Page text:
But in NY, we do have state-level recognition, which lends an obvious and appreciated ease. As a New Yorker who was married before last year, I've actually noticed a shift in local, recognition in the six months since NY legalized marriage, with people now understanding it as an easy option for my husband and me. Before, when our state only recognized out-of-state marriages but would't perform in-state ones, Andrew and I would sometimes have to explain our state-level-equality-in-NY-by-way-of-Connecticut dance. Nowadays, it's much easier to be understood.

Looking back at that one tiny moment, I'm certainly thankful that I am someone who was able to be married, that do live in state where people get that, and that, at a time when saying just two words was two words too many, that it was my easy instinct to talk in the easy code that society understands. But here in America, during most situations in most of our states, most of us don't have that ease. We need it. We deserve it. We are owed the currency that all of our country recognizes.

At that hour, I was in no mood for comedy. Few would be.

At this time, I am in every mood for comity. All should be.


Please keep marriage Chris/Christie

Speaking of the currently-civil-unioned NJ: This week NOM began an obvious (and at times humorous) PR game directed at New Jersey Governor Chris Christie. Using the most glowing prose that could come from their organizational keyboards, NOM staffers were in full-on "Kiss Christie booty" mode.

Here's but one snip:

Screen Shot 2012-01-20 At 6.26.36 Pm

"Would break a lot of hearts" for him to bring marriage to a lot of hearts? Ugh, gag me.

The obvious NOM fear is that Christie, a rising GOP star in a state where GOP doesn't always mean what it does nationally, will look at the recent polling in his state, look to his neighbors across the Hudson, and ultimately sign a marriage bill. Or, at the very least: Not veto one.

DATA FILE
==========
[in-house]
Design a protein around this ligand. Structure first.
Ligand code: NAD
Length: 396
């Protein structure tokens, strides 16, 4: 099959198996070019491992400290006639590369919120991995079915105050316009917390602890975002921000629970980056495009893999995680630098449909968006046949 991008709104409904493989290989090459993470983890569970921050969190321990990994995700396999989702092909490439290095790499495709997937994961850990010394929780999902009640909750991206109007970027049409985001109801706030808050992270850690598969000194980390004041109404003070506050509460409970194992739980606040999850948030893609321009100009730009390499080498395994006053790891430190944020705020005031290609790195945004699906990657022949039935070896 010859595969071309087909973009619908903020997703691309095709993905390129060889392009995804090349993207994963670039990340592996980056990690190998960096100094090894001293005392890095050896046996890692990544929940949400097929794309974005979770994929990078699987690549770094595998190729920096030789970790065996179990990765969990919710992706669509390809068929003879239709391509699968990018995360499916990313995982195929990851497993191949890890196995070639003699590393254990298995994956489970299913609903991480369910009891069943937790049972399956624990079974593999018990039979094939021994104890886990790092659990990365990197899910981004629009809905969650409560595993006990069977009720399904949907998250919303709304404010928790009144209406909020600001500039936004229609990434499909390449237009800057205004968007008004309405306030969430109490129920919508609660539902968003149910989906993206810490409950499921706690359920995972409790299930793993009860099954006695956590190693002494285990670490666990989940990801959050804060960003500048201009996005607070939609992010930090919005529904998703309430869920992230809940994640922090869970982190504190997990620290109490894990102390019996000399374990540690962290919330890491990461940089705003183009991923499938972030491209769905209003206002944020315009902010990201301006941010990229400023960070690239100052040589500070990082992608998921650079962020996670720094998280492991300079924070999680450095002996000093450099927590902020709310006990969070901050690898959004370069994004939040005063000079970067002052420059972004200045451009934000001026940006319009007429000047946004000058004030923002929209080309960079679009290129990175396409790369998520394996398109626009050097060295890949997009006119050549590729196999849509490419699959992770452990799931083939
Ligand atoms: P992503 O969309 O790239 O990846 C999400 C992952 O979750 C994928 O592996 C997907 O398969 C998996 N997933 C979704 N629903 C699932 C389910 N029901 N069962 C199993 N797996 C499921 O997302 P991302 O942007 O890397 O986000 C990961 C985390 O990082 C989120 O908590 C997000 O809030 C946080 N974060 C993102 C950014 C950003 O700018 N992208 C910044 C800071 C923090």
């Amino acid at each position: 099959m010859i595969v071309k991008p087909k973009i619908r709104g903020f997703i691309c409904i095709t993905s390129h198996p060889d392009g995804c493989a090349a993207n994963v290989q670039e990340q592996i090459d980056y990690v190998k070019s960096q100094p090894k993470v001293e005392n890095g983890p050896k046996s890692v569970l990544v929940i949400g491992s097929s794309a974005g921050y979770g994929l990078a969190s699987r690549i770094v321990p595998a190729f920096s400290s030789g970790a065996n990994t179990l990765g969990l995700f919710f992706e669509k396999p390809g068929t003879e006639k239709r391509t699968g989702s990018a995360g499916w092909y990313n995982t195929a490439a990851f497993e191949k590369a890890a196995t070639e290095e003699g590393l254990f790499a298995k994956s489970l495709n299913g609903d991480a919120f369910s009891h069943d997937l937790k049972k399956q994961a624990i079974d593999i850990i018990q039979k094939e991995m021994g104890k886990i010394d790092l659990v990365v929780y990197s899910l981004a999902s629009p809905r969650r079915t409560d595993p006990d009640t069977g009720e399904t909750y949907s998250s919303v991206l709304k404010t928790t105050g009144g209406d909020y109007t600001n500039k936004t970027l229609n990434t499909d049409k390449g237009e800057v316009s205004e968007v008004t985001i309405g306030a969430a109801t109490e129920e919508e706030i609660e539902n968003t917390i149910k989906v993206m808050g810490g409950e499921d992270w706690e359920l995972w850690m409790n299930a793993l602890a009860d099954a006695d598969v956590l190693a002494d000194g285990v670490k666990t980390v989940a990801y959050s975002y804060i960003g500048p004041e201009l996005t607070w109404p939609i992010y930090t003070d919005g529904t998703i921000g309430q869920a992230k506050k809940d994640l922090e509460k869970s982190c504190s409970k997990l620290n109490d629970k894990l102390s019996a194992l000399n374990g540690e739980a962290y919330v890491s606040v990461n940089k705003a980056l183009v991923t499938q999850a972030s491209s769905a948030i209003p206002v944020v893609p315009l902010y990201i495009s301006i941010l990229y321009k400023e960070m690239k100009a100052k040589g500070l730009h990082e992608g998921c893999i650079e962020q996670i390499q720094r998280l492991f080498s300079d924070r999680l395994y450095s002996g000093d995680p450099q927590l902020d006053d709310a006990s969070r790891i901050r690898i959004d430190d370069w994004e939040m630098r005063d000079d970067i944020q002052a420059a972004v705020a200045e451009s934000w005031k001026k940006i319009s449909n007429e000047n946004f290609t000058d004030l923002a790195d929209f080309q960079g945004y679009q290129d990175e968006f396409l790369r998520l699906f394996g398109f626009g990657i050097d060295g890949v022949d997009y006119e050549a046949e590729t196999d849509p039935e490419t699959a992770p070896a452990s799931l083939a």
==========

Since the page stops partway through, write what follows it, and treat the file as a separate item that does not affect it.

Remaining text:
Honestly, I think it's a very valid fear on NOM's part. Chris Christie has had a recognizable shift in tone on the subject, with even his repeated convictions about favoring only man/woman marriage sounding less like policy statements and more like personal opinions. It's kind of what we heard from someone like Gov. John Lynch (NH) or Gov. Chris Gregoire (WA) before they eventually recognized the untenability of their positions. NOM certainly sees and hears it too -- and they are scared Chris-less!

Keep a close eye on the Garden State, kiddies. This one would be HUGE!!


Another 500, K?

NOM committed to two other states this week. In New Hampshire, they promised $250K to legislators who support their mean-spirited attempt to repeal in-place marriages. In Washington state, they pledged the same amount towards funding primary challenges to any GOP lawmaker who votes in favor of marriage equality. That's $500,000 of faith-motivated cash in total.

Take that, hungry and homeless!


SRLC: Some Really Low Crowds

NOM was a sponsor of this week's Southern Republican Leadership Conference, the event where this week's GOP debate was held. So that being the sponsored reality, I found it pretty funny when NOM's own Cultural Director, Thomas Peters, tweeted this on Friday afternoon:

Screen Shot 2012-01-20 At 6.35.33 Pm

Funny, yes. Although also kind of crappy for Thomas to say this about an event his own employer sponsored. I did hear from most everyone (and see on CSPAN) that the event was a disaster, with some major speeches attended by, no joke, less than 50 people. But still, that's the kind of thing you carp about privately, not publicly, especially with a full day left to go in the conference!


Speaking of cutting out early
I'm going to go ahead and stop here for this week so that I can go milk my recovery period for a few more hours. It's been a trying week and there's a big one coming up!


Until next week, my curing canines,


Jeremy Hooper
Good As You/NOM Exposed